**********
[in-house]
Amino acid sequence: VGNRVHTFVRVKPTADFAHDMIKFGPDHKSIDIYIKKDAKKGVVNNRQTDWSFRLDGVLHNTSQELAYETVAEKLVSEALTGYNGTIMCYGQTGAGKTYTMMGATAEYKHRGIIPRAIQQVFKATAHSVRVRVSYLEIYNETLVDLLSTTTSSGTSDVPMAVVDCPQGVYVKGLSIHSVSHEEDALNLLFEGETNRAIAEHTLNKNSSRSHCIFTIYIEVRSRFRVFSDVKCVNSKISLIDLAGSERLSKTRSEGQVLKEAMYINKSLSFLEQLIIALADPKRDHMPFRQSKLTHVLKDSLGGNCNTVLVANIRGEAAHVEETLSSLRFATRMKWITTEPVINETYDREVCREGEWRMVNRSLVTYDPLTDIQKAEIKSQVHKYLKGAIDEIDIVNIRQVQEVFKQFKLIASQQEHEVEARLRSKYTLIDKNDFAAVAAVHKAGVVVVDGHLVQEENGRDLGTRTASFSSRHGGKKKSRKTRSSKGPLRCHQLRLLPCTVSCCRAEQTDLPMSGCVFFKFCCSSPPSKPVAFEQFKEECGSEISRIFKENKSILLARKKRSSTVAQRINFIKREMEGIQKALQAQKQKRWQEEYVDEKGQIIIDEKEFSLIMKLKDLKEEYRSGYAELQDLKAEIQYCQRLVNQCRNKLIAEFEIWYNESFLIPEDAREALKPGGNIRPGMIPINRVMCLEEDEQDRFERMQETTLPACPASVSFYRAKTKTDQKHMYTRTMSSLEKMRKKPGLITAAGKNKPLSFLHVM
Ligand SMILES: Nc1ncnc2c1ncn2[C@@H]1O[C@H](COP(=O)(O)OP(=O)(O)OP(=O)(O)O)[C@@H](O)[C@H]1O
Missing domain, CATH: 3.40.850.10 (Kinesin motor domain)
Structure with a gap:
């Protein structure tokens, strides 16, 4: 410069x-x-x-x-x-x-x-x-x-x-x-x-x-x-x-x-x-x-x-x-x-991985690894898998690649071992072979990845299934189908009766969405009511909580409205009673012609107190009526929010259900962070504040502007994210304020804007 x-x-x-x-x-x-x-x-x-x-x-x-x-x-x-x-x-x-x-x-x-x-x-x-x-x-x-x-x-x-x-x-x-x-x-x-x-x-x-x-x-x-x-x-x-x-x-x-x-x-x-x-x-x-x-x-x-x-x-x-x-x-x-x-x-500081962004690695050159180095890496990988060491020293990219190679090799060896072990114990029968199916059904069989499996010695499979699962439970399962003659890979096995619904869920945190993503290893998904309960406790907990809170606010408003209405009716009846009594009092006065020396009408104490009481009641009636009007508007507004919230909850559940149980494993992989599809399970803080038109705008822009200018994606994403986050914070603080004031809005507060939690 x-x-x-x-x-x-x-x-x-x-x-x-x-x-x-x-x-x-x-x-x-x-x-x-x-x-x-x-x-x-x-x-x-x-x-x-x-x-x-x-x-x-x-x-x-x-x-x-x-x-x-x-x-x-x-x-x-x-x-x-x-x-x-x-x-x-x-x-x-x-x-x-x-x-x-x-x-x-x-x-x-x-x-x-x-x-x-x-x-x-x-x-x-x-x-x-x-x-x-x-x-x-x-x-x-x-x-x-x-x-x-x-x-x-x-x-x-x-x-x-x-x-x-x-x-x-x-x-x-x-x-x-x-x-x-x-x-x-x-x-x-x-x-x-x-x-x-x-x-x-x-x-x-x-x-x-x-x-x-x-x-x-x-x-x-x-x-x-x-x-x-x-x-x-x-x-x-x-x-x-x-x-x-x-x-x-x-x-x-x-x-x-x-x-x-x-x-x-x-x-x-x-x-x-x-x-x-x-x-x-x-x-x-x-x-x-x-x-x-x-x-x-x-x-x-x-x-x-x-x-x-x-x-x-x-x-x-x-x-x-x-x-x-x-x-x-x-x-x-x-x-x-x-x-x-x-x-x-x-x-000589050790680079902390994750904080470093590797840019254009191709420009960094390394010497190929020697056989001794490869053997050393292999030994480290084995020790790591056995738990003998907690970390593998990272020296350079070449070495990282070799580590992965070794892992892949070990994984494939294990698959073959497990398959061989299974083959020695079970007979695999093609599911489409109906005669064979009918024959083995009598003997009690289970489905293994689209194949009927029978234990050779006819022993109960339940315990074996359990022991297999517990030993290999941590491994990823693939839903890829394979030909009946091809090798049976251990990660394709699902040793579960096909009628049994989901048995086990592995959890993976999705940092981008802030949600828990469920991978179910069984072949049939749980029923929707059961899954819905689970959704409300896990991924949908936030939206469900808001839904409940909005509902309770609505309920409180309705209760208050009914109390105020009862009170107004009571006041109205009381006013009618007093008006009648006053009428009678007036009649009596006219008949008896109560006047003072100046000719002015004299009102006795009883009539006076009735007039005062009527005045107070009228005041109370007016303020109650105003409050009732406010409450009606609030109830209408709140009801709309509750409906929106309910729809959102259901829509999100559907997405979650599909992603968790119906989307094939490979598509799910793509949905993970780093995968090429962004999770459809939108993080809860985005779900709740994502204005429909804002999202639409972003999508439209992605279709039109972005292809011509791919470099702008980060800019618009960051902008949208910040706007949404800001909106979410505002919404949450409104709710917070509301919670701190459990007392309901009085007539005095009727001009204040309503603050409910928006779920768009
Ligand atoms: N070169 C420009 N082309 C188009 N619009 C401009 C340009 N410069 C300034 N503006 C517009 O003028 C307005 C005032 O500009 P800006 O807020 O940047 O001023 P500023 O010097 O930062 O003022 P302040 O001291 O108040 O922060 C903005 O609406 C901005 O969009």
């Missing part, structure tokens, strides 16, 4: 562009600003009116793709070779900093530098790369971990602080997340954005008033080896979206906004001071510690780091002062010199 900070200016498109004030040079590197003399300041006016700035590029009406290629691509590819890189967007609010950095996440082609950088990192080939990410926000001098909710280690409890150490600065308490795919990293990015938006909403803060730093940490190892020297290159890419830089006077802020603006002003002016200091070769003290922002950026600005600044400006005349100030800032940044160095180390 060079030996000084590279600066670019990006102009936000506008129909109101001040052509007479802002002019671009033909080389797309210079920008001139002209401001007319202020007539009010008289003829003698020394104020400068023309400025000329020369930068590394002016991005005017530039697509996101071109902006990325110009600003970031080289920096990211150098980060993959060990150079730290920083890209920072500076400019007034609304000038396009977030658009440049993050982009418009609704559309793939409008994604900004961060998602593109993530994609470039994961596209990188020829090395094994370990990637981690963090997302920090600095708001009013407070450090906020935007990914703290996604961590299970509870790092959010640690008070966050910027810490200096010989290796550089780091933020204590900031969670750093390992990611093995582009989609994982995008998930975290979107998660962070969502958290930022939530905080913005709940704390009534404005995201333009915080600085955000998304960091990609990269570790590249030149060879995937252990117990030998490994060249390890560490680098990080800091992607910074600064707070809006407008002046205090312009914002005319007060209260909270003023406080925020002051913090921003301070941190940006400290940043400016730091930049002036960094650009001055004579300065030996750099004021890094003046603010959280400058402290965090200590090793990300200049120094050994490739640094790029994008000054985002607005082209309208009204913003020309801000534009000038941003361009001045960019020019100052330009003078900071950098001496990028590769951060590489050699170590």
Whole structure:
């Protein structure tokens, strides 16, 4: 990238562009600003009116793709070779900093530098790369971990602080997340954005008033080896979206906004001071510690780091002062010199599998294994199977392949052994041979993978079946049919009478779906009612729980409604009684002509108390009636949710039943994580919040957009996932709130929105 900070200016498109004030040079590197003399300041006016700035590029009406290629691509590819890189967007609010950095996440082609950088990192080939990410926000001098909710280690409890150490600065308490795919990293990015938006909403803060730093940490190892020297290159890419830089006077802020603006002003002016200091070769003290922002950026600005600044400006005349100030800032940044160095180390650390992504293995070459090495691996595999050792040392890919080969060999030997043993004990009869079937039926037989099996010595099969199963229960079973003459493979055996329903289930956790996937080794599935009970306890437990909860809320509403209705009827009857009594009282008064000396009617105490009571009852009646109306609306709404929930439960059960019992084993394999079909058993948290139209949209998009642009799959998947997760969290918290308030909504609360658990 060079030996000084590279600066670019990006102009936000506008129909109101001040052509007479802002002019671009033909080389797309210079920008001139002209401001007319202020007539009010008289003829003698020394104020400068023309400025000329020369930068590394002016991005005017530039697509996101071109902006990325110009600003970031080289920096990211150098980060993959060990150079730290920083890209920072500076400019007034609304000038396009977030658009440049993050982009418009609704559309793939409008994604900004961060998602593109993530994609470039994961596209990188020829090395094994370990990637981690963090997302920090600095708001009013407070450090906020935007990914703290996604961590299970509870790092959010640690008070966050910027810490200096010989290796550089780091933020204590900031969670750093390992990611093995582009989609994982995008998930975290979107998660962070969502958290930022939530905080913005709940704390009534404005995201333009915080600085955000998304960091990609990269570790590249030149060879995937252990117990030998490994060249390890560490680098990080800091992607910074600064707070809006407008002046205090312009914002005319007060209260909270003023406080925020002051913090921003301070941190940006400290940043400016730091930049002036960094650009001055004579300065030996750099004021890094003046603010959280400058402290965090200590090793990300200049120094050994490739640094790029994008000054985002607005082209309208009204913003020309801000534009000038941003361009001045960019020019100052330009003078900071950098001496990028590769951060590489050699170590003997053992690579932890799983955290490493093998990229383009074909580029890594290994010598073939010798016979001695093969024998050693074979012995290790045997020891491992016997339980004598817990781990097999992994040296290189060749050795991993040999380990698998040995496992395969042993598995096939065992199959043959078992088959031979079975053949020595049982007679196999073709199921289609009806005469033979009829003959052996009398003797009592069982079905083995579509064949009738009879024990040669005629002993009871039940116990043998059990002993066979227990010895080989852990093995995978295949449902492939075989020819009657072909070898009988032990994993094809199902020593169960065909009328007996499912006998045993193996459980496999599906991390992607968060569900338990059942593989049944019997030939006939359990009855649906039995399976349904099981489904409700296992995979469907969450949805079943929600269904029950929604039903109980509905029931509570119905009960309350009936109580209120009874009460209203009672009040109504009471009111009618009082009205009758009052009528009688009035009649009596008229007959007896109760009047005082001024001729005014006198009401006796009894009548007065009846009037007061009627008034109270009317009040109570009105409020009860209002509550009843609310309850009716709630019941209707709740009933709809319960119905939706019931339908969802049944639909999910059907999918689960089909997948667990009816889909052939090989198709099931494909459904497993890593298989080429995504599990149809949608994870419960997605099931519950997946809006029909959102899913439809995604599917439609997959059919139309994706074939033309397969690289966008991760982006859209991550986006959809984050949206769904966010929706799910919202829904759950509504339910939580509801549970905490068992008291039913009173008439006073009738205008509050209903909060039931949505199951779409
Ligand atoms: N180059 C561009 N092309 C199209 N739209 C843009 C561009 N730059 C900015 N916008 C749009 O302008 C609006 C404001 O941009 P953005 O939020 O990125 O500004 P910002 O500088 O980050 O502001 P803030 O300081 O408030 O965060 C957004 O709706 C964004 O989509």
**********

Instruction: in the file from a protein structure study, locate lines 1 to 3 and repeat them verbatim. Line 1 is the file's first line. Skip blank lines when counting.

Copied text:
[in-house]
Amino acid sequence: VGNRVHTFVRVKPTADFAHDMIKFGPDHKSIDIYIKKDAKKGVVNNRQTDWSFRLDGVLHNTSQELAYETVAEKLVSEALTGYNGTIMCYGQTGAGKTYTMMGATAEYKHRGIIPRAIQQVFKATAHSVRVRVSYLEIYNETLVDLLSTTTSSGTSDVPMAVVDCPQGVYVKGLSIHSVSHEEDALNLLFEGETNRAIAEHTLNKNSSRSHCIFTIYIEVRSRFRVFSDVKCVNSKISLIDLAGSERLSKTRSEGQVLKEAMYINKSLSFLEQLIIALADPKRDHMPFRQSKLTHVLKDSLGGNCNTVLVANIRGEAAHVEETLSSLRFATRMKWITTEPVINETYDREVCREGEWRMVNRSLVTYDPLTDIQKAEIKSQVHKYLKGAIDEIDIVNIRQVQEVFKQFKLIASQQEHEVEARLRSKYTLIDKNDFAAVAAVHKAGVVVVDGHLVQEENGRDLGTRTASFSSRHGGKKKSRKTRSSKGPLRCHQLRLLPCTVSCCRAEQTDLPMSGCVFFKFCCSSPPSKPVAFEQFKEECGSEISRIFKENKSILLARKKRSSTVAQRINFIKREMEGIQKALQAQKQKRWQEEYVDEKGQIIIDEKEFSLIMKLKDLKEEYRSGYAELQDLKAEIQYCQRLVNQCRNKLIAEFEIWYNESFLIPEDAREALKPGGNIRPGMIPINRVMCLEEDEQDRFERMQETTLPACPASVSFYRAKTKTDQKHMYTRTMSSLEKMRKKPGLITAAGKNKPLSFLHVM
Ligand SMILES: Nc1ncnc2c1ncn2[C@@H]1O[C@H](COP(=O)(O)OP(=O)(O)OP(=O)(O)O)[C@@H](O)[C@H]1O